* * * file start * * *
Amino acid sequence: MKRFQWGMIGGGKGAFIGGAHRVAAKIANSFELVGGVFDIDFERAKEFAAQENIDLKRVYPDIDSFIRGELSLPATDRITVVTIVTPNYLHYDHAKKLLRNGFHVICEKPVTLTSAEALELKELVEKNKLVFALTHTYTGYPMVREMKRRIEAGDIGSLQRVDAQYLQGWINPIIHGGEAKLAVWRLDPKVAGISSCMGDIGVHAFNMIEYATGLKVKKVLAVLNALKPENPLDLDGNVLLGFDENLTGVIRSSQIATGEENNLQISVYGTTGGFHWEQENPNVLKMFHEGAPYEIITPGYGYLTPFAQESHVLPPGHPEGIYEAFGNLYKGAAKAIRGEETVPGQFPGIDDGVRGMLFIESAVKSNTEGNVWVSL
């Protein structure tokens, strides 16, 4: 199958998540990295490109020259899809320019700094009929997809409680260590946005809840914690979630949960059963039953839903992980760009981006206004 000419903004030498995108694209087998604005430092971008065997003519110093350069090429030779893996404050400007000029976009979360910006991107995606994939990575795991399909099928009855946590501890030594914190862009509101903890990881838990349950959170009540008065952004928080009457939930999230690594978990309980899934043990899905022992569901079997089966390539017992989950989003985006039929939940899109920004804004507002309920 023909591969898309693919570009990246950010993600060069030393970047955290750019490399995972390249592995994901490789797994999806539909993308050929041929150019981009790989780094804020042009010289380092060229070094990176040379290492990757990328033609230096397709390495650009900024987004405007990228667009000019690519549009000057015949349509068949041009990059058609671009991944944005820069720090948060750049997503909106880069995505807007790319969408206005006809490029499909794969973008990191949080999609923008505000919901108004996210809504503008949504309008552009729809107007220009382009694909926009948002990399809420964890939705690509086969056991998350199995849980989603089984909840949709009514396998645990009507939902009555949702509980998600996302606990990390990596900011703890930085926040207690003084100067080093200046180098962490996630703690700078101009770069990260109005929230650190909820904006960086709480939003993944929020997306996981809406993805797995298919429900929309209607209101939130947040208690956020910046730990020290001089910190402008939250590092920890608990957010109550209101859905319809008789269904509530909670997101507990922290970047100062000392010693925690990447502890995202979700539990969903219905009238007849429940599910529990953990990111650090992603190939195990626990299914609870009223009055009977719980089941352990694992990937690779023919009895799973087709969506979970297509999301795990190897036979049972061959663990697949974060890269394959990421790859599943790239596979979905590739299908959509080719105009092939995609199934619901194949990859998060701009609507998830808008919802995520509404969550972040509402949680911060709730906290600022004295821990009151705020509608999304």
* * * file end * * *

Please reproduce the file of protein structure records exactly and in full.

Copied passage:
Amino acid sequence: MKRFQWGMIGGGKGAFIGGAHRVAAKIANSFELVGGVFDIDFERAKEFAAQENIDLKRVYPDIDSFIRGELSLPATDRITVVTIVTPNYLHYDHAKKLLRNGFHVICEKPVTLTSAEALELKELVEKNKLVFALTHTYTGYPMVREMKRRIEAGDIGSLQRVDAQYLQGWINPIIHGGEAKLAVWRLDPKVAGISSCMGDIGVHAFNMIEYATGLKVKKVLAVLNALKPENPLDLDGNVLLGFDENLTGVIRSSQIATGEENNLQISVYGTTGGFHWEQENPNVLKMFHEGAPYEIITPGYGYLTPFAQESHVLPPGHPEGIYEAFGNLYKGAAKAIRGEETVPGQFPGIDDGVRGMLFIESAVKSNTEGNVWVSL
């Protein structure tokens, strides 16, 4: 199958998540990295490109020259899809320019700094009929997809409680260590946005809840914690979630949960059963039953839903992980760009981006206004 000419903004030498995108694209087998604005430092971008065997003519110093350069090429030779893996404050400007000029976009979360910006991107995606994939990575795991399909099928009855946590501890030594914190862009509101903890990881838990349950959170009540008065952004928080009457939930999230690594978990309980899934043990899905022992569901079997089966390539017992989950989003985006039929939940899109920004804004507002309920 023909591969898309693919570009990246950010993600060069030393970047955290750019490399995972390249592995994901490789797994999806539909993308050929041929150019981009790989780094804020042009010289380092060229070094990176040379290492990757990328033609230096397709390495650009900024987004405007990228667009000019690519549009000057015949349509068949041009990059058609671009991944944005820069720090948060750049997503909106880069995505807007790319969408206005006809490029499909794969973008990191949080999609923008505000919901108004996210809504503008949504309008552009729809107007220009382009694909926009948002990399809420964890939705690509086969056991998350199995849980989603089984909840949709009514396998645990009507939902009555949702509980998600996302606990990390990596900011703890930085926040207690003084100067080093200046180098962490996630703690700078101009770069990260109005929230650190909820904006960086709480939003993944929020997306996981809406993805797995298919429900929309209607209101939130947040208690956020910046730990020290001089910190402008939250590092920890608990957010109550209101859905319809008789269904509530909670997101507990922290970047100062000392010693925690990447502890995202979700539990969903219905009238007849429940599910529990953990990111650090992603190939195990626990299914609870009223009055009977719980089941352990694992990937690779023919009895799973087709969506979970297509999301795990190897036979049972061959663990697949974060890269394959990421790859599943790239596979979905590739299908959509080719105009092939995609199934619901194949990859998060701009609507998830808008919802995520509404969550972040509402949680911060709730906290600022004295821990009151705020509608999304």